Currently TKM treatments such as acupuncture, moxibustion, or cupping are covered by health insurance. New treatment practices are being added to existing ones, and health insurance coverage of TKM practices is becoming wider.
The term TKM hospital is used when the size of the hospital is bigger than a TKM clinic and the number of its employees and sickbeds exceeds a certain mark.
C. TKM health insurance and various insurance plans
TKM had traditionally taken the center stage in Korea’s medical system. However, TKM had to go through sever suppression during the Japanese colonial rule, however. Japan encouraged the development of western medicine while stifling TKM. As a result, TKM had to give way to western medicine in the Korean medical system even after the independence.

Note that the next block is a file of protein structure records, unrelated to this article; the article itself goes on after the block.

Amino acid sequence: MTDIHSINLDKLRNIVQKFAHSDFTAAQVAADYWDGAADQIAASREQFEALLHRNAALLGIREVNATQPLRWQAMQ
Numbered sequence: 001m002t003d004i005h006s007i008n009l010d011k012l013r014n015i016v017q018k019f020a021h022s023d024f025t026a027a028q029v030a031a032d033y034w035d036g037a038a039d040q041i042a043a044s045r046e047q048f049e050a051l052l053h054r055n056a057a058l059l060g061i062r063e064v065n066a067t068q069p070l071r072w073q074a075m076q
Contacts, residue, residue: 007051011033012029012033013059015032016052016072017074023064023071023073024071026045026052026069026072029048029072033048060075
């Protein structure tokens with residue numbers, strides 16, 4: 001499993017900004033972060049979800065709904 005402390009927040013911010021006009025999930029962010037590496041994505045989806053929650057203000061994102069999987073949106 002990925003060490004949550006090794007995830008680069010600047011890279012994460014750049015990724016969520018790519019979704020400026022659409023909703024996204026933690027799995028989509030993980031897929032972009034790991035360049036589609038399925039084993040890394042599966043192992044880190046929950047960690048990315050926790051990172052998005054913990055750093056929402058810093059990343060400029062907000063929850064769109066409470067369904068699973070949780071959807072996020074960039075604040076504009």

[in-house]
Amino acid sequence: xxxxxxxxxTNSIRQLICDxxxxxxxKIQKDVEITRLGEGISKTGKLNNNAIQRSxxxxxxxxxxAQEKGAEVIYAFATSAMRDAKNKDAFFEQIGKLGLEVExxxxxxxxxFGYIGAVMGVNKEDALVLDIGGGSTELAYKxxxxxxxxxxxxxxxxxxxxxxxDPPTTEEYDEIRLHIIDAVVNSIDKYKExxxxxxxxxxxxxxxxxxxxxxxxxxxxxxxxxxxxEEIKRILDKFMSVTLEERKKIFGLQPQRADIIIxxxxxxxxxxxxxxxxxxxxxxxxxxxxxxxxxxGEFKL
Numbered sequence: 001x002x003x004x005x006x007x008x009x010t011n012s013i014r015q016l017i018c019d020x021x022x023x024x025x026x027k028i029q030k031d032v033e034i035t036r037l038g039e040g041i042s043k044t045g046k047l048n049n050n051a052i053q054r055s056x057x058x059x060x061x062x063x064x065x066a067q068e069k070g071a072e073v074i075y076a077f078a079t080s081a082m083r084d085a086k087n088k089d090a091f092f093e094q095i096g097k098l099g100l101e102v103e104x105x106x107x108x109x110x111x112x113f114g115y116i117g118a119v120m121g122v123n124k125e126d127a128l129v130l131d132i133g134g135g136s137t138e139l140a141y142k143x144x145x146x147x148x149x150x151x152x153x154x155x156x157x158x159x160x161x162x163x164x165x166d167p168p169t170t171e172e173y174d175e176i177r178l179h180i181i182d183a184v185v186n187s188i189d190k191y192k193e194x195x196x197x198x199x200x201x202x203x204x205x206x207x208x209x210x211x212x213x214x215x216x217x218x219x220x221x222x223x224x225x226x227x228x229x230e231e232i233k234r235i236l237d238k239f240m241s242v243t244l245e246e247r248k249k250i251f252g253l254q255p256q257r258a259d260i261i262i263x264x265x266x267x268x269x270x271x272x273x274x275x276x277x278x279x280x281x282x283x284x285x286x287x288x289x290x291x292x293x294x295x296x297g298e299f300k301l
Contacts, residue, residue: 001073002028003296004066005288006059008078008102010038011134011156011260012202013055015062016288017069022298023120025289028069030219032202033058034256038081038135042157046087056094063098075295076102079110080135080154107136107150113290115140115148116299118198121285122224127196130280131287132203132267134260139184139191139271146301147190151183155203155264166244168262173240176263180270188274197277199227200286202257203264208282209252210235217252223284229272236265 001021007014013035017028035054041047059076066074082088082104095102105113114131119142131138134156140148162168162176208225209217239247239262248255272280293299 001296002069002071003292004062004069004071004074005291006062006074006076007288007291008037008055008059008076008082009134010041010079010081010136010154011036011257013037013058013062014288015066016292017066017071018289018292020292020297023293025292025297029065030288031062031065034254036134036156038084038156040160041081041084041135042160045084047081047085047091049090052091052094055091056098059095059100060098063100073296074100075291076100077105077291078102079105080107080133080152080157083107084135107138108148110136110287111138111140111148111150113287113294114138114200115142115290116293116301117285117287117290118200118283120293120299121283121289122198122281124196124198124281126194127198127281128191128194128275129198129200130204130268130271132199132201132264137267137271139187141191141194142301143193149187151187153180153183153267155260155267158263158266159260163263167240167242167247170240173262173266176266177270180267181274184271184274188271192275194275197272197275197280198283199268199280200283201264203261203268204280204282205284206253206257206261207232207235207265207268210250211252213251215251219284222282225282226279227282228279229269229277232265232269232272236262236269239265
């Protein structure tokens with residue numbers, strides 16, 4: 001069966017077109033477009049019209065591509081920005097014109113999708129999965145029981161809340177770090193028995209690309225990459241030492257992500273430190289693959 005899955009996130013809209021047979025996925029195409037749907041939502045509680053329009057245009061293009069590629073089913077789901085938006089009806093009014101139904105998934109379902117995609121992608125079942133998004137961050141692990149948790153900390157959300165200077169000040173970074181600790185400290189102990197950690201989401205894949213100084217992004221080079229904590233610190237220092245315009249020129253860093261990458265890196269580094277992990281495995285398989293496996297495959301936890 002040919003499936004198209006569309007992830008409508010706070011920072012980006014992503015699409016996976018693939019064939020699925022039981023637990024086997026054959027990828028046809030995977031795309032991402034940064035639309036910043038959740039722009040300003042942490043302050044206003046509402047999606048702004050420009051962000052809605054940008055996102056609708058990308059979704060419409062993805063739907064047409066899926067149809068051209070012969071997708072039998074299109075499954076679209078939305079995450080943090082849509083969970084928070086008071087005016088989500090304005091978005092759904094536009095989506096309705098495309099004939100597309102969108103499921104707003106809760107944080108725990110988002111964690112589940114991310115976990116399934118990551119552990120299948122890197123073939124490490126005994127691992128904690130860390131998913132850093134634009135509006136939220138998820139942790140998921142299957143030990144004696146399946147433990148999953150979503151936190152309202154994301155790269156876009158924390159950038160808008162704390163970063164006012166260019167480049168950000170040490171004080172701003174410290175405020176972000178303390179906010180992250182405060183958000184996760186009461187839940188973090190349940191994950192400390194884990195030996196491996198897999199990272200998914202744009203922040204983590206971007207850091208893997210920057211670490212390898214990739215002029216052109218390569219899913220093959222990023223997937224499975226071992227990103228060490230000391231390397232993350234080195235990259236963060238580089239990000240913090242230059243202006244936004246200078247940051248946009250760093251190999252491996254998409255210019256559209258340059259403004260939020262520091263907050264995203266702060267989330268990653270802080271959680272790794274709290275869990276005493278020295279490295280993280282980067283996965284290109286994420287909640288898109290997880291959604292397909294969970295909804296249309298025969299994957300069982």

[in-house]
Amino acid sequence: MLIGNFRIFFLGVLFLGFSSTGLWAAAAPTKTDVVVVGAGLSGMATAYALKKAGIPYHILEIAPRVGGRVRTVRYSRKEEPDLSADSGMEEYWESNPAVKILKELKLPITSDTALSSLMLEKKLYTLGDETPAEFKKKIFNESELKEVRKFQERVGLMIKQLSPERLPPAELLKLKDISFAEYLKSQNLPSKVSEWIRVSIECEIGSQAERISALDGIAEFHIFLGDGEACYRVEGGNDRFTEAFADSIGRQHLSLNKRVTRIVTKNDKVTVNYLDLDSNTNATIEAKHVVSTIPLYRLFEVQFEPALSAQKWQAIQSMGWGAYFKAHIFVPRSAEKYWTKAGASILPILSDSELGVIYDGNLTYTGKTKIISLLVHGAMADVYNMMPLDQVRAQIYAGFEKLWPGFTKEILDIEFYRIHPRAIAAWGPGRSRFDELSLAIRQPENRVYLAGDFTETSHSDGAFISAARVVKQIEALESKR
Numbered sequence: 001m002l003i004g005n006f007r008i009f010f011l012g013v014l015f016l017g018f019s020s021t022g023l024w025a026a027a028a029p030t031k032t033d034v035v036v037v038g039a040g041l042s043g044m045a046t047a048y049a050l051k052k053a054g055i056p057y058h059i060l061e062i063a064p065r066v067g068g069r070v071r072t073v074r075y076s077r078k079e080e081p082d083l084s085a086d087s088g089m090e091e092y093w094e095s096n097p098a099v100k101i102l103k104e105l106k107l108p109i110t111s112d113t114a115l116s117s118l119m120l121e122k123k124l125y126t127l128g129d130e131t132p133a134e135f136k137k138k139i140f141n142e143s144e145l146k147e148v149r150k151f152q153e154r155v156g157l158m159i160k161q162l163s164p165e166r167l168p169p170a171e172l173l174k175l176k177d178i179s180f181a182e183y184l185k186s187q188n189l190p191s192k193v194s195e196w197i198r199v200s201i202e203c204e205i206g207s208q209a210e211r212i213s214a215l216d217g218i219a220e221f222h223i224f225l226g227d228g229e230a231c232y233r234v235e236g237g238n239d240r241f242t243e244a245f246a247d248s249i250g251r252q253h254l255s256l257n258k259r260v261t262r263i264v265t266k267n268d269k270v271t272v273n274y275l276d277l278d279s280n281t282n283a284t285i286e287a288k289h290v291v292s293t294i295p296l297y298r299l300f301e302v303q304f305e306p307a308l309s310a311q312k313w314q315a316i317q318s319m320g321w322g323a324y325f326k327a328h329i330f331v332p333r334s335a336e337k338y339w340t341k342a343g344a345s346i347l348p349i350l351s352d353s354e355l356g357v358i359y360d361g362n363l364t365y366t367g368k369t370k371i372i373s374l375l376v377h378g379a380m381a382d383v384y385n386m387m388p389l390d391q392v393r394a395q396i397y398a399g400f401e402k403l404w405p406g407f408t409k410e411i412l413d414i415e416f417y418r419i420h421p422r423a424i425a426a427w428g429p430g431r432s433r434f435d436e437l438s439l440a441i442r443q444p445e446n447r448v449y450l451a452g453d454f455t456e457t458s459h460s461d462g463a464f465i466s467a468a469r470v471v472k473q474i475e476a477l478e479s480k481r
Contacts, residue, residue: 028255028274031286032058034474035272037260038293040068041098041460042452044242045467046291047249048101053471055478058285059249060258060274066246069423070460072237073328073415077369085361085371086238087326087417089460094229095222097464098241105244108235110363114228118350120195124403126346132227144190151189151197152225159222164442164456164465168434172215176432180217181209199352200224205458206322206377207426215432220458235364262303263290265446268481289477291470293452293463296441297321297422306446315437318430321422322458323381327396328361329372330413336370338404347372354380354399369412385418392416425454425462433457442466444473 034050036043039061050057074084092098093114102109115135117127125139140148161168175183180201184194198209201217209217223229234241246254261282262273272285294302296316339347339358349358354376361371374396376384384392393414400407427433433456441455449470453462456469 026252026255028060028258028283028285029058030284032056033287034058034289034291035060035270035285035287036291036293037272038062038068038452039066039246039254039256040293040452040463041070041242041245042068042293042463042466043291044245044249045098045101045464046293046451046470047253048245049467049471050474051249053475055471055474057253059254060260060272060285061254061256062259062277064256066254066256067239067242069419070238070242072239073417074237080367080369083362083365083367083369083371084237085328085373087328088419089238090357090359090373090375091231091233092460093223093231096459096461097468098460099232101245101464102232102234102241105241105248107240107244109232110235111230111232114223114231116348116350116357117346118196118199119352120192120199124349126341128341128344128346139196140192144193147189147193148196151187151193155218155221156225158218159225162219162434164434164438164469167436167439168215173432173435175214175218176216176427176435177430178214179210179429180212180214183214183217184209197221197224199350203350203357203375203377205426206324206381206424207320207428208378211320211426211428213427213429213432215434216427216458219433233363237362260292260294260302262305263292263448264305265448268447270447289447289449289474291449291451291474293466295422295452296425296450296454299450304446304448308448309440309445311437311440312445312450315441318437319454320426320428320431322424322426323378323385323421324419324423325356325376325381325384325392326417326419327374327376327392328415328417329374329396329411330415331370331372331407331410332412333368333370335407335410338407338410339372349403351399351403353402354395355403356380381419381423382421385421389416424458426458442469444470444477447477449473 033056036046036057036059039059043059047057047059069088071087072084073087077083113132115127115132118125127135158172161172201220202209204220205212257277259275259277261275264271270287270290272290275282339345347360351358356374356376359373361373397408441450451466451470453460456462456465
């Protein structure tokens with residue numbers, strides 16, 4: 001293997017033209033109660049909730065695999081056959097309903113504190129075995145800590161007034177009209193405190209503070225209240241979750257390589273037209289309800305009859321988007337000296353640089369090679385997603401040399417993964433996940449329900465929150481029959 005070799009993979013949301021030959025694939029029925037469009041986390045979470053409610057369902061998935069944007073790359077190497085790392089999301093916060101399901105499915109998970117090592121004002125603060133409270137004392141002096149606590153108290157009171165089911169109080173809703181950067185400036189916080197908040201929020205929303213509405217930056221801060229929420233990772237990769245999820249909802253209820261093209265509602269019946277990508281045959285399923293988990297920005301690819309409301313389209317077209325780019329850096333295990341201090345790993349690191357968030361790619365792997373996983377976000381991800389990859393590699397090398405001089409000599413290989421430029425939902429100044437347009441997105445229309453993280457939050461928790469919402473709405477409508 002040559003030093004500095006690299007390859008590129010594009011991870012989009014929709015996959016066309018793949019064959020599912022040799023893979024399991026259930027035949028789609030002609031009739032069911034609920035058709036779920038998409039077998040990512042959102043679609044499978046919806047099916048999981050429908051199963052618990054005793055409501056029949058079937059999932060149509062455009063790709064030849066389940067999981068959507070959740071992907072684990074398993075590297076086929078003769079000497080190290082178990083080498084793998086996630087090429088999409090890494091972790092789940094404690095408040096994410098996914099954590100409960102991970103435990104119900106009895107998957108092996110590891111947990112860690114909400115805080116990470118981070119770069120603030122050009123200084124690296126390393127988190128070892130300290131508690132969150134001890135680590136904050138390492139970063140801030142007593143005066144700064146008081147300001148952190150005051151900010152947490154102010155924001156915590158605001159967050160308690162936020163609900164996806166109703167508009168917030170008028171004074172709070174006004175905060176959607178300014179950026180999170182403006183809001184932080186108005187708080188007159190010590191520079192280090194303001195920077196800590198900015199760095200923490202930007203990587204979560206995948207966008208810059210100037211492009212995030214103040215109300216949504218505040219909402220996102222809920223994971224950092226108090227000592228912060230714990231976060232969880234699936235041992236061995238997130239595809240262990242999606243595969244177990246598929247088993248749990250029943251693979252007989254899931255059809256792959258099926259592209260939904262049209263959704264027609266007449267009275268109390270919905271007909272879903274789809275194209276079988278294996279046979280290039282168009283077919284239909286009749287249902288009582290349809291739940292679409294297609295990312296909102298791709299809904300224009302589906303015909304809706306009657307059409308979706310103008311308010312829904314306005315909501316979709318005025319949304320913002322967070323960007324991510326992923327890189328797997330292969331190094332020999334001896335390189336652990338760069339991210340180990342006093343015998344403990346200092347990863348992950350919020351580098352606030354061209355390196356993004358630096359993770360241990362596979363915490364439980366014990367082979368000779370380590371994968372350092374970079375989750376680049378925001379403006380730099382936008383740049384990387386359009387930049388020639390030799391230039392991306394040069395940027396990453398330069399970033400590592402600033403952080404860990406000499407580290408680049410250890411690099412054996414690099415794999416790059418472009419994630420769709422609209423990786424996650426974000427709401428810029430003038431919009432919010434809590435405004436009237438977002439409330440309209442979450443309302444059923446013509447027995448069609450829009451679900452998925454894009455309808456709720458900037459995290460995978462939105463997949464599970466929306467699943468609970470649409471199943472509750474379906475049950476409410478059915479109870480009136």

The Law of Public Health enacted in 1952 divided the Korean medical system into two categories: TKM and western medicine. Meanwhile TKM was regarded as unscientific and old-fashioned and considered mere dietary supplements, which further delayed the development of TKM. The result was marginalization of TKM in the national health care.
A decreasing number of people used TKM clinics since they became confused on the choice between TKM clinics and western clinics when they were ill. TKM health insurance was first introduced on a pilot basis to acupuncture, moxibustion, cupping, and other 63 practices in Chungju and Chungwon gun in North Chungcheong Province from December 1, 1984 to January 30, 1986. The TKM health insurance has been expanded nationwide since February 1, 1987. As of 2002, the TKM health insurance covers basic medical examination fees (consultation and hospital charges), inspection fees (skin resistance check, pulse check, meridian and collateral function test, etc.), and medical treatment fees (acupuncture, moxibustion, cupping, enema, bath, and general treatments), medication, prescription and compounding (56 treatments composed of 68 powered Oriental medicinal stuff).